‘Telepsychiatry’ speeds up hospital release times

From the Journal (AP):

When emergency room patients are deemed “a danger to themselves or others,” every state requires hospitals to hold them until a psychiatrist conducts an evaluation to decide whether it is safe to let them leave. In rural hospitals, it can take days for a psychiatrist to show up and perform the exam. 

Five years ago, rural hospitals in South Carolina illustrated the problem. On a typical morning, more than 60 people were waiting in the state’s emergency rooms for psychiatric exams so they could be discharged or admitted. 

Today, the scene is different, thanks to a “telepsychiatry” program that allows psychiatrists to examine patients through videoconferencing, reducing the average wait time from four days to less than 10 hours. In 2010, North Carolina began rolling out a similar program, and a dozen other states, including Alabama, Kentucky and Wisconsin, plan to follow suit.

A regulator, Harvard prof. walk into an ER …

From Government Health IT:

More views on ER came recently one summer evening from Niall Brennan, the Centers for Medicare & Medicaid Services’ director of information products and analytics, as he entered Johns Hopkins Medicine’s Suburban Hospital, for what would be the first of two ER visits in 36 hours.

While Brennan did not want to elaborate on his experience and it would not be appropriate to pry, his public comments do suggest that, if not Byzantine per se, the American ER is an area of healthcare with a lot of room for improvement, despite the good intentions of doctors, nurses and administrators, the investments in comprehensive electronic health records, and attempts at quality measurement.

Hospital forced to close ER as water enters building

From KCCI (hat tip: Mr. Oliver):

KWWL-TV reports officials closed Mercy Medical Center’s emergency department because of rain water entering the building through an emergency entrance.

EDPMA Comments on Alternative Payment Methodology for Short Hospital Stays and the Two-Midnight Rule


Today EDPMA filed these comments with CMS regarding its proposed rule on the 2015 Update to the Inpatient Prospective Payment System (IPPS).  The ACOEP agreed to cosign our letter.  CMS admits that the two-midnight rule has met with a great deal of criticism and sought comment on how to develop an alternative payment methodology for short hospital stays.  EDPMA’s letter provides a list of general principles that CMS should follow when developing a payment methodology for short stays.  For instance, “Payment for the stay should be based on the patients’ acuity, the severity of the patient’s illness or condition, and/or the intensity of services and resources required to treat the patient.”   It should “avoid setting arbitrary time-bound standards”  that lead to inconsistent application and a large number of unjustified audits.  EDPMA also encouraged CMS to acknowledge the essential role of the emergency physician in the short stay and develop physician reimbursement incentives that align with inpatient reimbursement policy.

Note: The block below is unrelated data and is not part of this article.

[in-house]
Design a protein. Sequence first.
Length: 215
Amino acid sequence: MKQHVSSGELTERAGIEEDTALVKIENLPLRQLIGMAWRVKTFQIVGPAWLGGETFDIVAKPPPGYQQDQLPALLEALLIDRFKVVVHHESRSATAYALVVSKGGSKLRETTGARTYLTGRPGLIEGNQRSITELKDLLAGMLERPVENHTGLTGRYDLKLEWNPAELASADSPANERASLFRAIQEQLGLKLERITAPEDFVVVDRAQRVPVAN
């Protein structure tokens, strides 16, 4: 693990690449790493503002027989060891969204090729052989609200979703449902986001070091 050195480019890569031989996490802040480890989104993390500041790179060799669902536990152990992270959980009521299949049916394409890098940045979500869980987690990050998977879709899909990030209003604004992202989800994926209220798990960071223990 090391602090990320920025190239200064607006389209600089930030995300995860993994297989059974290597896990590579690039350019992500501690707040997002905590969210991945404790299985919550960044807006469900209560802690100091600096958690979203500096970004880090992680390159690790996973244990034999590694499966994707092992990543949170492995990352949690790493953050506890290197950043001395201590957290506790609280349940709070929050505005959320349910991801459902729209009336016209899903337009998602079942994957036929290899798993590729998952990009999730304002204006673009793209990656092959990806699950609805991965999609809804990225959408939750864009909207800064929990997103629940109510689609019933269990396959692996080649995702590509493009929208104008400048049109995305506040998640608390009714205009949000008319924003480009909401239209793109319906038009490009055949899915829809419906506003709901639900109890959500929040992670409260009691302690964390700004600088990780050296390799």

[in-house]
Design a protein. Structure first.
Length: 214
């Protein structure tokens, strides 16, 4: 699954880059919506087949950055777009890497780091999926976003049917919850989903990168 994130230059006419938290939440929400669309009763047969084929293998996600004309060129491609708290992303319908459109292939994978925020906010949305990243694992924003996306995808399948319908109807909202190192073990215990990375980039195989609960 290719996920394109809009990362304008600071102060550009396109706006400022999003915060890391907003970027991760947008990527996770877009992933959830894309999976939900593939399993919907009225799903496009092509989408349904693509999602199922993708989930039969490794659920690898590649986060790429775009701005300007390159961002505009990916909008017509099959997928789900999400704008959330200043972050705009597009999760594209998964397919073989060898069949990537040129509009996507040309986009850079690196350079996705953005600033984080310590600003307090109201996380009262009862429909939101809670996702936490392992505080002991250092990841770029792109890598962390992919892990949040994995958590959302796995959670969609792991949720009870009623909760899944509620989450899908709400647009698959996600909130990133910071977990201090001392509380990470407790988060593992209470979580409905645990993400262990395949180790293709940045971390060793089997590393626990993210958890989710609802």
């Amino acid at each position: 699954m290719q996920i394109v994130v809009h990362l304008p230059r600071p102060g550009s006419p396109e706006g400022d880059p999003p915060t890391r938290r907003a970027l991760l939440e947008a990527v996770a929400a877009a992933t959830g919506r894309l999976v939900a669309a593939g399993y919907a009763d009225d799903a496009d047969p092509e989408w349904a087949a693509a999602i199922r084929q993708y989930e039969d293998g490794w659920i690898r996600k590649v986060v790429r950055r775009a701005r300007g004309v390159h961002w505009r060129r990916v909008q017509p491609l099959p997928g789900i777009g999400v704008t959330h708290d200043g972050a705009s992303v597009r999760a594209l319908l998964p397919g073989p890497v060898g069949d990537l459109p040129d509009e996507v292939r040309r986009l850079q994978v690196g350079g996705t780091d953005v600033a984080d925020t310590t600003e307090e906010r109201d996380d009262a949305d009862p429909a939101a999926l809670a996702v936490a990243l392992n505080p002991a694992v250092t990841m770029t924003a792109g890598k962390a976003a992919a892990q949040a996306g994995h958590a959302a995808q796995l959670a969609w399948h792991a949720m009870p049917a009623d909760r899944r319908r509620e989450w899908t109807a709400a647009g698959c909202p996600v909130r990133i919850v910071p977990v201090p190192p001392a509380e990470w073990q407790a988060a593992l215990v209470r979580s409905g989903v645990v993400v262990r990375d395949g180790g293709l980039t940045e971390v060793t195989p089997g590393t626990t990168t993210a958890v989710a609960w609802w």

Researchers devise new method to preserve organs for transplant

From Upstart:

Researchers have devised a new method to preserve organs for more than three days. This breakthrough experiment can lead to many positive changes in the human transplant operations.

Overdose of overdoses

From the News:

Since Jan. 1, county EMS personnel have responded to 61 reports of overdose, Callebs said, though not all of those have been for heroin, and the calls aren’t coded for specific drugs.

Drug-abuse overdose deaths in Athens County averaged 11.9 per year between 2006 and 2013, according to figures from the Athens City-County Health Department.

“It’s something we’ve dealt with for a long time, but the big change I think we’ve seen over time is that heroin is pretty much the big one any more,” Callebs said. “That’s a change we’ve seen in the past two or three years.”